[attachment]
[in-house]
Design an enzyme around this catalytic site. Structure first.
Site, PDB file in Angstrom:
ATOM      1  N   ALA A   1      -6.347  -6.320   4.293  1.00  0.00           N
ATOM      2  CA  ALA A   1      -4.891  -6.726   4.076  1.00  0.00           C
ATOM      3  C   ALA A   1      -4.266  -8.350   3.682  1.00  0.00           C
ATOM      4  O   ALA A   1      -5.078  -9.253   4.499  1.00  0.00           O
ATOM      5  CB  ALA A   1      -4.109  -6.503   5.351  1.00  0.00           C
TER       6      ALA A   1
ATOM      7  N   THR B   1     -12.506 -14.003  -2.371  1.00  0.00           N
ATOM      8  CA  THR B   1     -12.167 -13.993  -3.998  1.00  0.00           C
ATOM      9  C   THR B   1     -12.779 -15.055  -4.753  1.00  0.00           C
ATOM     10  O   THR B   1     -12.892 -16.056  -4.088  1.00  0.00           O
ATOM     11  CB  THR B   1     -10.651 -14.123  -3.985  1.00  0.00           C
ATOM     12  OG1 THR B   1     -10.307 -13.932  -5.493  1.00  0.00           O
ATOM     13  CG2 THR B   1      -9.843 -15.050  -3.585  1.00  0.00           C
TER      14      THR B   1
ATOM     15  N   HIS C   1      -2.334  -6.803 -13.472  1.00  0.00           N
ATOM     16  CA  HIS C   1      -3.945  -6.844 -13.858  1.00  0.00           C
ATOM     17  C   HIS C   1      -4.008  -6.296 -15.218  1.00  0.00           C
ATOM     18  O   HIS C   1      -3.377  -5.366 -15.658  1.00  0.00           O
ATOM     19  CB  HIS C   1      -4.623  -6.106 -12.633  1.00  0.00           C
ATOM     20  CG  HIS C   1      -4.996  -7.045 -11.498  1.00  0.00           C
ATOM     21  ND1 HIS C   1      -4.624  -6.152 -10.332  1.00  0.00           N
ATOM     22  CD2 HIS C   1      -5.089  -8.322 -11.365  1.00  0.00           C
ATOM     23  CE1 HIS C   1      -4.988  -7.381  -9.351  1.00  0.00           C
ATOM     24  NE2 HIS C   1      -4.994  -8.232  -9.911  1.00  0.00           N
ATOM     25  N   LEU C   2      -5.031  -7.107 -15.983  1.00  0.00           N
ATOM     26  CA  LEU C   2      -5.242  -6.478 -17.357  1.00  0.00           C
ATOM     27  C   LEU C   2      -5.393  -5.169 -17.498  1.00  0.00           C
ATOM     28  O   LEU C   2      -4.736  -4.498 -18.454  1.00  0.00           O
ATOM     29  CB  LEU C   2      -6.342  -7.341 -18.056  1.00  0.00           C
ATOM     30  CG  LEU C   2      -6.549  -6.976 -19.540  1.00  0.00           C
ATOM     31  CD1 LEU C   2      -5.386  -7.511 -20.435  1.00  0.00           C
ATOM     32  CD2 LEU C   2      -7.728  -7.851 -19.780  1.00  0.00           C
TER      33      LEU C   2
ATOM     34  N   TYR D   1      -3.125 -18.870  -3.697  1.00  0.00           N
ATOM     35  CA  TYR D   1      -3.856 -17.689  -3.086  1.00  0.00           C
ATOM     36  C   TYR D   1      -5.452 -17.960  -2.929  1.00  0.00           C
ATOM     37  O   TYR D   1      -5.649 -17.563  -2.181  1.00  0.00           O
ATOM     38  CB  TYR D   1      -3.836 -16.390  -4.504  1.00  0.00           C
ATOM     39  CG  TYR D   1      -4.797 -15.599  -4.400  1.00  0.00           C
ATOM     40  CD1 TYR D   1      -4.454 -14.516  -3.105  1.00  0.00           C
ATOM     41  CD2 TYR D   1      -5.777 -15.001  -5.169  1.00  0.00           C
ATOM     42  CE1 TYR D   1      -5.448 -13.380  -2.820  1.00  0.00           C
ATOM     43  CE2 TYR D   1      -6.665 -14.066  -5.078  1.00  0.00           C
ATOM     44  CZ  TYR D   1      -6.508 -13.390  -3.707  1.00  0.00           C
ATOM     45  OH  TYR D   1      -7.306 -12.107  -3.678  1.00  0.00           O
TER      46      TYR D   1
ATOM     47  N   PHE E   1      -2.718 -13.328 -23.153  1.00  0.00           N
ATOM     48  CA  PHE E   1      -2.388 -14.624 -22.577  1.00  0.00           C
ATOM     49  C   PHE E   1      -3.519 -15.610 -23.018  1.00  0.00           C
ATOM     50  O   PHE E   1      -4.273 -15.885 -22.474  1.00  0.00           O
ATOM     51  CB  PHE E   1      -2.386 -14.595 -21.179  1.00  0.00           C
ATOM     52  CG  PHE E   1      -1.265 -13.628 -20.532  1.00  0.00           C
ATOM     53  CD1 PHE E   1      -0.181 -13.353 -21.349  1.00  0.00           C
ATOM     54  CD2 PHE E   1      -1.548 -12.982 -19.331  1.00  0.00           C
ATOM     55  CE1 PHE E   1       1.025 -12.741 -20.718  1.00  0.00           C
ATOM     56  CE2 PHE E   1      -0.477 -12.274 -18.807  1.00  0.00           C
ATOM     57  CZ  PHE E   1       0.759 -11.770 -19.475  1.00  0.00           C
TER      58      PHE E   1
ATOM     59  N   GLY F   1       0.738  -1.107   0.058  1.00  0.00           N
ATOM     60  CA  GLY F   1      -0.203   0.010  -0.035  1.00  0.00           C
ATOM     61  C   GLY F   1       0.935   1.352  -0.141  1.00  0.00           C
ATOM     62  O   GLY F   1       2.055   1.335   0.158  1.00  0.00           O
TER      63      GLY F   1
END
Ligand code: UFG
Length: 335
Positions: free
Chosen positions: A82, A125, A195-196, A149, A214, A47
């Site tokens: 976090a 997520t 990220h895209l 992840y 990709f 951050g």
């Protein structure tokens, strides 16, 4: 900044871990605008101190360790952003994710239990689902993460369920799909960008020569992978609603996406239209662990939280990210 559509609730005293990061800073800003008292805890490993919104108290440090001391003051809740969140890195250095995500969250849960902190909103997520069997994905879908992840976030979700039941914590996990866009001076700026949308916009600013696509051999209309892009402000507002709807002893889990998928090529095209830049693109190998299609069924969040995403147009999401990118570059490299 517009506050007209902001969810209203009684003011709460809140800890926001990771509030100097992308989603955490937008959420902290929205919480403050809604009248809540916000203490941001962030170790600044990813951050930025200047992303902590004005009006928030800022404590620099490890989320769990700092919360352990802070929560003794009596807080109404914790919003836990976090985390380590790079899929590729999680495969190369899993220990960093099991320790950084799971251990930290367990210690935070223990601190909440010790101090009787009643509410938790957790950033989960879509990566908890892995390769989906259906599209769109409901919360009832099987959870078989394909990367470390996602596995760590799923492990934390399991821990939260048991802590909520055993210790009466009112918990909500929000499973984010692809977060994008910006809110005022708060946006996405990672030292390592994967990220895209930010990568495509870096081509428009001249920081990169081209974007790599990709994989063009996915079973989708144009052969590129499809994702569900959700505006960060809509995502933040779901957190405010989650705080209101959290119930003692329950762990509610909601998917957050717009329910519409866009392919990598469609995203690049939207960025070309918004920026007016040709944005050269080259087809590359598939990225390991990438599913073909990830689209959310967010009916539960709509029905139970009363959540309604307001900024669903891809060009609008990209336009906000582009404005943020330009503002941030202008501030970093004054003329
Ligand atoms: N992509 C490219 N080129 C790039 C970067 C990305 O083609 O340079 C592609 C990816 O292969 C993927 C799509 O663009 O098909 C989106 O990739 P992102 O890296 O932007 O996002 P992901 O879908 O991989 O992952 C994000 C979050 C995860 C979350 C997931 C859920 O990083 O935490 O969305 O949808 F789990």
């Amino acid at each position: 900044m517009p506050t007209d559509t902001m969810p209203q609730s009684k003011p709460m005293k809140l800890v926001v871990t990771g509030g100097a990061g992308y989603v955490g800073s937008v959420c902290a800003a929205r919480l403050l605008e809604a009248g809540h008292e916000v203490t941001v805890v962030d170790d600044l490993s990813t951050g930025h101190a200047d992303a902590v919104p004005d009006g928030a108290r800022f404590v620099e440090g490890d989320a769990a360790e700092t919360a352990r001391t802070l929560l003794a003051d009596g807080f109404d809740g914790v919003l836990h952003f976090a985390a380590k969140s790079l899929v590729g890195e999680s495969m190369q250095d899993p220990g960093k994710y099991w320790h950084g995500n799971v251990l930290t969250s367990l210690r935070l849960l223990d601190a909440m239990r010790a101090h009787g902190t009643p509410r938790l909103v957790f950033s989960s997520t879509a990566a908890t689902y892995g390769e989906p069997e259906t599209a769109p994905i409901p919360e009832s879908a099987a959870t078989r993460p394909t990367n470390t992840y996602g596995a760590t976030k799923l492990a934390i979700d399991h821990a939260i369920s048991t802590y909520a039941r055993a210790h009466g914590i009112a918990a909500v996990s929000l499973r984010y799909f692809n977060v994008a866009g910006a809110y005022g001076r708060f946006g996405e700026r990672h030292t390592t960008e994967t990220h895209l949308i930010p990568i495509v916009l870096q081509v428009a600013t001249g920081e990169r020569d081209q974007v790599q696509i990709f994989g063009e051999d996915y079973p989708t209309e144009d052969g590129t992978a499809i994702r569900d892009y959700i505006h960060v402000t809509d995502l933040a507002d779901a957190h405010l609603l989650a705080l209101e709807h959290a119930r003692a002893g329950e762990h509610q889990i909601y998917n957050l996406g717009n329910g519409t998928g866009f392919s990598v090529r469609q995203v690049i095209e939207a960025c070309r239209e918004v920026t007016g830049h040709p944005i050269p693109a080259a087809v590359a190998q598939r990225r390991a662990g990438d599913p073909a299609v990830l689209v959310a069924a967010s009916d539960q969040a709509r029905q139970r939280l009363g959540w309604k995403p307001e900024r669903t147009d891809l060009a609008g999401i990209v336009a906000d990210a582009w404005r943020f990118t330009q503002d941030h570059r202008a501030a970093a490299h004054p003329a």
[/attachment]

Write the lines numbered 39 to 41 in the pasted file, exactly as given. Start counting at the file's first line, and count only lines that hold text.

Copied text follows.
ATOM     36  C   TYR D   1      -5.452 -17.960  -2.929  1.00  0.00           C
ATOM     37  O   TYR D   1      -5.649 -17.563  -2.181  1.00  0.00           O
ATOM     38  CB  TYR D   1      -3.836 -16.390  -4.504  1.00  0.00           C